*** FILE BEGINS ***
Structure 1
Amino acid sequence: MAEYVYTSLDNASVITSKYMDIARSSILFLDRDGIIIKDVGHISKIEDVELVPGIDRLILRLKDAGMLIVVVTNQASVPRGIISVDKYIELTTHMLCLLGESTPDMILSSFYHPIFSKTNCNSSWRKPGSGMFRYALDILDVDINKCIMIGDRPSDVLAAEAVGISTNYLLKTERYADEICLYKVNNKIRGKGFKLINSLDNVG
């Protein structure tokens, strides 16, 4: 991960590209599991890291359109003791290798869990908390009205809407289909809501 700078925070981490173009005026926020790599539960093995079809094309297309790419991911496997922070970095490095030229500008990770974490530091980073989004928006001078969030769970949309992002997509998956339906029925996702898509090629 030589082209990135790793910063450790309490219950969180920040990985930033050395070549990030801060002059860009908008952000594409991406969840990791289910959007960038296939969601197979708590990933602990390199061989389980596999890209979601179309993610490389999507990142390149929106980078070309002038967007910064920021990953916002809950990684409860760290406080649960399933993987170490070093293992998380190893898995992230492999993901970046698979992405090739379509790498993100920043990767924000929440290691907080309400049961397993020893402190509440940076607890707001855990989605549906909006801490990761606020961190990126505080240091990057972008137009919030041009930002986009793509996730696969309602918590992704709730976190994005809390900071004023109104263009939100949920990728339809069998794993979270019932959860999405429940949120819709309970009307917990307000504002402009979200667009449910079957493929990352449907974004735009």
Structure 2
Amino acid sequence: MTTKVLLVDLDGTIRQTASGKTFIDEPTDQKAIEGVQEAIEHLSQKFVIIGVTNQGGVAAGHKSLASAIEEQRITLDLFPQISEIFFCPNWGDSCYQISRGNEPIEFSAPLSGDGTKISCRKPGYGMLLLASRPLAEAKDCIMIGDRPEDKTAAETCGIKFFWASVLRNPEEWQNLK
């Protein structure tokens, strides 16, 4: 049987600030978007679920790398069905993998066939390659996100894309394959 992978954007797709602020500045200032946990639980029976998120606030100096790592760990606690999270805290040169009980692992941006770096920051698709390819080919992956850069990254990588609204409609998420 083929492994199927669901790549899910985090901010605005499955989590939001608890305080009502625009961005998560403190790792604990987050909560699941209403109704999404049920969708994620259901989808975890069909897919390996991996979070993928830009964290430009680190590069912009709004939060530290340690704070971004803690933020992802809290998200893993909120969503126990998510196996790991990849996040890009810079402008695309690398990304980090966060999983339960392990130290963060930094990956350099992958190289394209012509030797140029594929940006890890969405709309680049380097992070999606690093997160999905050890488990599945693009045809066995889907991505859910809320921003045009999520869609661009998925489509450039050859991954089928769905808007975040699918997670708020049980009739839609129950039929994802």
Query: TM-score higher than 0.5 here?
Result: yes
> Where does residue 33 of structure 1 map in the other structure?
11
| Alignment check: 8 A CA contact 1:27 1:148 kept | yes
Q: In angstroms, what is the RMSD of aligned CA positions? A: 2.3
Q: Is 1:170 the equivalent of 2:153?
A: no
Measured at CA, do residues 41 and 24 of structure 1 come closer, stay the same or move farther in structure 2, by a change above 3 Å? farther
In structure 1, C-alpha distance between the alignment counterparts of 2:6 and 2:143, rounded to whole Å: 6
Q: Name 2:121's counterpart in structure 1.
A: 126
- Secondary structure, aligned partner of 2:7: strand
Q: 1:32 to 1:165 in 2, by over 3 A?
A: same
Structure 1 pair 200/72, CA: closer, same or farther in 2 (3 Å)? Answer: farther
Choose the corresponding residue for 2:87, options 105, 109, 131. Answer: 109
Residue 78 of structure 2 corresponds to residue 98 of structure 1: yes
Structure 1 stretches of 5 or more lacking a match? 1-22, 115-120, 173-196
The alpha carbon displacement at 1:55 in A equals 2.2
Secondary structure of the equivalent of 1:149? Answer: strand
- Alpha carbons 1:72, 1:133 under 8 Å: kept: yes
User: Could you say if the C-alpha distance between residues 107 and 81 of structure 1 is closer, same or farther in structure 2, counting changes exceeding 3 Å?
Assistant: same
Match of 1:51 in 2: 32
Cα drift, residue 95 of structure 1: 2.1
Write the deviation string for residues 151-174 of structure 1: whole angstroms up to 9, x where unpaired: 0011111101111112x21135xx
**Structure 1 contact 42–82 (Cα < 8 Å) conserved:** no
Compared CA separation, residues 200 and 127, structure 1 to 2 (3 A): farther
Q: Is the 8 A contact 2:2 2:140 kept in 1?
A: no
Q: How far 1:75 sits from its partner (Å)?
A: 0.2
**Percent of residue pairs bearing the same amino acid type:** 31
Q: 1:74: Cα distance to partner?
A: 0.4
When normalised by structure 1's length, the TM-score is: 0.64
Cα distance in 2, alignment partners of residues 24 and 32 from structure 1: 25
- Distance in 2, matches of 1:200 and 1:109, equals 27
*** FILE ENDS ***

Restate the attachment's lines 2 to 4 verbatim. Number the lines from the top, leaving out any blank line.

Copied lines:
Amino acid sequence: MAEYVYTSLDNASVITSKYMDIARSSILFLDRDGIIIKDVGHISKIEDVELVPGIDRLILRLKDAGMLIVVVTNQASVPRGIISVDKYIELTTHMLCLLGESTPDMILSSFYHPIFSKTNCNSSWRKPGSGMFRYALDILDVDINKCIMIGDRPSDVLAAEAVGISTNYLLKTERYADEICLYKVNNKIRGKGFKLINSLDNVG
């Protein structure tokens, strides 16, 4: 991960590209599991890291359109003791290798869990908390009205809407289909809501 700078925070981490173009005026926020790599539960093995079809094309297309790419991911496997922070970095490095030229500008990770974490530091980073989004928006001078969030769970949309992002997509998956339906029925996702898509090629 030589082209990135790793910063450790309490219950969180920040990985930033050395070549990030801060002059860009908008952000594409991406969840990791289910959007960038296939969601197979708590990933602990390199061989389980596999890209979601179309993610490389999507990142390149929106980078070309002038967007910064920021990953916002809950990684409860760290406080649960399933993987170490070093293992998380190893898995992230492999993901970046698979992405090739379509790498993100920043990767924000929440290691907080309400049961397993020893402190509440940076607890707001855990989605549906909006801490990761606020961190990126505080240091990057972008137009919030041009930002986009793509996730696969309602918590992704709730976190994005809390900071004023109104263009939100949920990728339809069998794993979270019932959860999405429940949120819709309970009307917990307000504002402009979200667009449910079957493929990352449907974004735009």
Structure 2